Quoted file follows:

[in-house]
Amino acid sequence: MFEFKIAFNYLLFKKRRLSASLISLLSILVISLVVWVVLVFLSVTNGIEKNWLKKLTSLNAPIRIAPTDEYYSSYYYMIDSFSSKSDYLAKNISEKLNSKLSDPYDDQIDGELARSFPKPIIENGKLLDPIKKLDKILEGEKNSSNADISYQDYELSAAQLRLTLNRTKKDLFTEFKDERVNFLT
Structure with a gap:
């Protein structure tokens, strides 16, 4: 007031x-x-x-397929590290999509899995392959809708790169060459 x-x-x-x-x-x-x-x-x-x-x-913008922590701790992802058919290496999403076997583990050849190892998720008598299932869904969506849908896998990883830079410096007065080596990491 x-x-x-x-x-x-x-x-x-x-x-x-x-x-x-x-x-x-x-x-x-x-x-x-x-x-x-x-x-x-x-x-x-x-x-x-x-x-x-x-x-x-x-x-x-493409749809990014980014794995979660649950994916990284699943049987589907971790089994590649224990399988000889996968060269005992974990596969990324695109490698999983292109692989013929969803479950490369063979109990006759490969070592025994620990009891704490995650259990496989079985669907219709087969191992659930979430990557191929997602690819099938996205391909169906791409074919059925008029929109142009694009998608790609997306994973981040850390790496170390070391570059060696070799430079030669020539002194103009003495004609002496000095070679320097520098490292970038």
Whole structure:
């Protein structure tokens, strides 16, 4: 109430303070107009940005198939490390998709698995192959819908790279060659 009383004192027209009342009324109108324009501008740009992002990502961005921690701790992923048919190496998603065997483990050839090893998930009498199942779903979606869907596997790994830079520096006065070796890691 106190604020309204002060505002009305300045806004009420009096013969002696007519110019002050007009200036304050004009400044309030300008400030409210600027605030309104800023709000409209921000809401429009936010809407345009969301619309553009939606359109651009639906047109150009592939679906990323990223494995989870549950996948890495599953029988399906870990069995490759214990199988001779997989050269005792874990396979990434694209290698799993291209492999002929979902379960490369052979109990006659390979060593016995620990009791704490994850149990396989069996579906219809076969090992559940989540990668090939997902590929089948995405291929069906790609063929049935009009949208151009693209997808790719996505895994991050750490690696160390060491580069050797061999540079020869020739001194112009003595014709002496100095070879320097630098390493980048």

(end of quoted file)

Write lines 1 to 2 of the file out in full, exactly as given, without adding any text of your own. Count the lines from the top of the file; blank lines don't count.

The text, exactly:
[in-house]
Amino acid sequence: MFEFKIAFNYLLFKKRRLSASLISLLSILVISLVVWVVLVFLSVTNGIEKNWLKKLTSLNAPIRIAPTDEYYSSYYYMIDSFSSKSDYLAKNISEKLNSKLSDPYDDQIDGELARSFPKPIIENGKLLDPIKKLDKILEGEKNSSNADISYQDYELSAAQLRLTLNRTKKDLFTEFKDERVNFLT